Acoustic Neuroma / Lateral Skull Base Tumors
An acoustic neuroma is a benign tumor found on the vestibularcochlear nerve, the nerve that connects the ear to the brain. This nerve is behind the ear, right under the brain.
A type of auditory tumor, an acoustic neuroma is also known as a vestibular schwannoma. This type of tumor is typically slow- growing, and it may press against the nerves controlling hearing and balance as it grows. An acoustic neuroma is an uncommon cause of hearing loss. If the tumor remains small, many patients will remain asymptomatic. However, if it enlarges enough to exert serious pressure on the brain, it may become life-threatening.
Causes of an Acoustic Neuroma
Most of the time, the cause of an acoustic neuroma is unknown. If acoustic neuromas develop in both auditory nerves, the underlying cause may be a heredity disorder known as neurofibromatosis type 2, but this genetic defect accounts for only a very small percentage of cases. The vast majority of acoustic neuromas are sporadic (non-inherited).
Symptoms of an Acoustic Neuroma
Many patients with small acoustic neuromas will not be symptomatic. As it grows, it presses against the hearing and balance nerves, and large tumors may press against the brain and brainstem. Pressures on these structures generates symptoms. These symptoms may include:
- Loss of hearing in one ear
- Balance problems
- Ringing in the ears, also known as tinnitus
- Difficulty swallowing and hoarseness
- Clumsiness or unsteadiness
- Facial paralysis
Diagnosis of an Acoustic Neuroma
There are several ways a physician may diagnose an acoustic neuroma. The physician may evaluate the ears, balance system, and mobility of the face. It is possible, however, that there will be no physical evidence of the tumor. The following diagnostic tests may be administered to detect the presence of an acoustic neuroma:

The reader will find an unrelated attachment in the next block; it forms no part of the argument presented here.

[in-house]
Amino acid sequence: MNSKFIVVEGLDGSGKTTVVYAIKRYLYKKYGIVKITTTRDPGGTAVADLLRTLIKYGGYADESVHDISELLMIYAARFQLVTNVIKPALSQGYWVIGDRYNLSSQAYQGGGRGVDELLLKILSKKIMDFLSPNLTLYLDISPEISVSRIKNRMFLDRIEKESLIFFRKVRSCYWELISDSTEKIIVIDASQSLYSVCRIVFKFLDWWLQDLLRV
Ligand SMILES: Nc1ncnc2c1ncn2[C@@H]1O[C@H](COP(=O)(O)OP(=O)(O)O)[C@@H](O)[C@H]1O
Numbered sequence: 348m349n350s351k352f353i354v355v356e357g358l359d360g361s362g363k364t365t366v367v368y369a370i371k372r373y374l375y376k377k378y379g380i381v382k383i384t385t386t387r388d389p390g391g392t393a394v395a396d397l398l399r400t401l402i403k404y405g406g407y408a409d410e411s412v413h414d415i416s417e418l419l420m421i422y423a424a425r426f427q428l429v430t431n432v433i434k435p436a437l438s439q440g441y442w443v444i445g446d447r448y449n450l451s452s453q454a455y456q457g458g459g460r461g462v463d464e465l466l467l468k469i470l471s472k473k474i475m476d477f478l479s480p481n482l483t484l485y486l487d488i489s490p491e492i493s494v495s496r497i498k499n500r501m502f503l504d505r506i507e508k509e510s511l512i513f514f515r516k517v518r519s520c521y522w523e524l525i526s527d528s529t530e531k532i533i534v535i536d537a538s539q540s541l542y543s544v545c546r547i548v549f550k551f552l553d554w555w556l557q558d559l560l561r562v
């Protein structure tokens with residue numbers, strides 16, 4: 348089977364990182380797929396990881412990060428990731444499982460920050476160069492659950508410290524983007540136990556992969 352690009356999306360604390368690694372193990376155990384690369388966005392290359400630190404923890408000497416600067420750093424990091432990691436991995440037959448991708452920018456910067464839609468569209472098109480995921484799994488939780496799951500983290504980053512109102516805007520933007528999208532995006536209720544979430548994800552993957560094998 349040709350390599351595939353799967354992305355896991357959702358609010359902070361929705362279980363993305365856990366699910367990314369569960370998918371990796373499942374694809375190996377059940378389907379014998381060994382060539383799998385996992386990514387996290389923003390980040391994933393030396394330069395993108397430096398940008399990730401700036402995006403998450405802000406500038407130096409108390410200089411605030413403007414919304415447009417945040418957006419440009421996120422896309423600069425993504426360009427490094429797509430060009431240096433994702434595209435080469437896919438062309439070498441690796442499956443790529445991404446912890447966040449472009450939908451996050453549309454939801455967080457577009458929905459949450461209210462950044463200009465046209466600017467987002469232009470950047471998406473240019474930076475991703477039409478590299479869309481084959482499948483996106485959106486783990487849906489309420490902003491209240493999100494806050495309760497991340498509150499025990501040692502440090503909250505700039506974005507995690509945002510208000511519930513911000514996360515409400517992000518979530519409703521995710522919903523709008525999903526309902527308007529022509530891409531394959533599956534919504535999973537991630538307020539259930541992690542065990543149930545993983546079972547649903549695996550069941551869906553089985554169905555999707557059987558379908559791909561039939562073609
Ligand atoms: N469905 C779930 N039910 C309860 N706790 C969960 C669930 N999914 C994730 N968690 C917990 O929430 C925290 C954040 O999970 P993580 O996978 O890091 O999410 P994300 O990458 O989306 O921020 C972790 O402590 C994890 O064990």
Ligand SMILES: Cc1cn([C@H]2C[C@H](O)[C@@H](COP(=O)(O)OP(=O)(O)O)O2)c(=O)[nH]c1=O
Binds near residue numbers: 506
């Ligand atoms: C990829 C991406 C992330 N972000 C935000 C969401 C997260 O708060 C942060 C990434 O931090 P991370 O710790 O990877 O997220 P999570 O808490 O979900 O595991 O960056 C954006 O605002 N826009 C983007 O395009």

- Hearing test
- Auditory brain stem response, or ABR
- Electronystagmography, or ENG
- MRI scan of the brain
Treatment of an Acoustic Neuroma
When an acoustic neuroma remains small, the patient may only need regular checkups and surveillance for growth. Tumors that demonstrate active growth may require treatment with radiation or surgical removal. Radiation is designed to halt tumor growth while surgery facilitates tumor removal. The decision of which treatment to pursue is dependent on many factors, which will be discussed in depth between the patient and the physician.
Risks of Treatment for an Acoustic Neuroma
There are risks associated with both radiation and surgery for treatment of an acoustic tumor. With radiosurgery, risks may include partial or total hearing loss in the affected ear, dizziness, facial weakness, or brain swelling.
If typical surgery is required for the treatment of an acoustic neuroma, risks may include:
- Leakage of cerebrospinal fluid
- Facial nerve paralysis
- Hearing loss
- Brain complications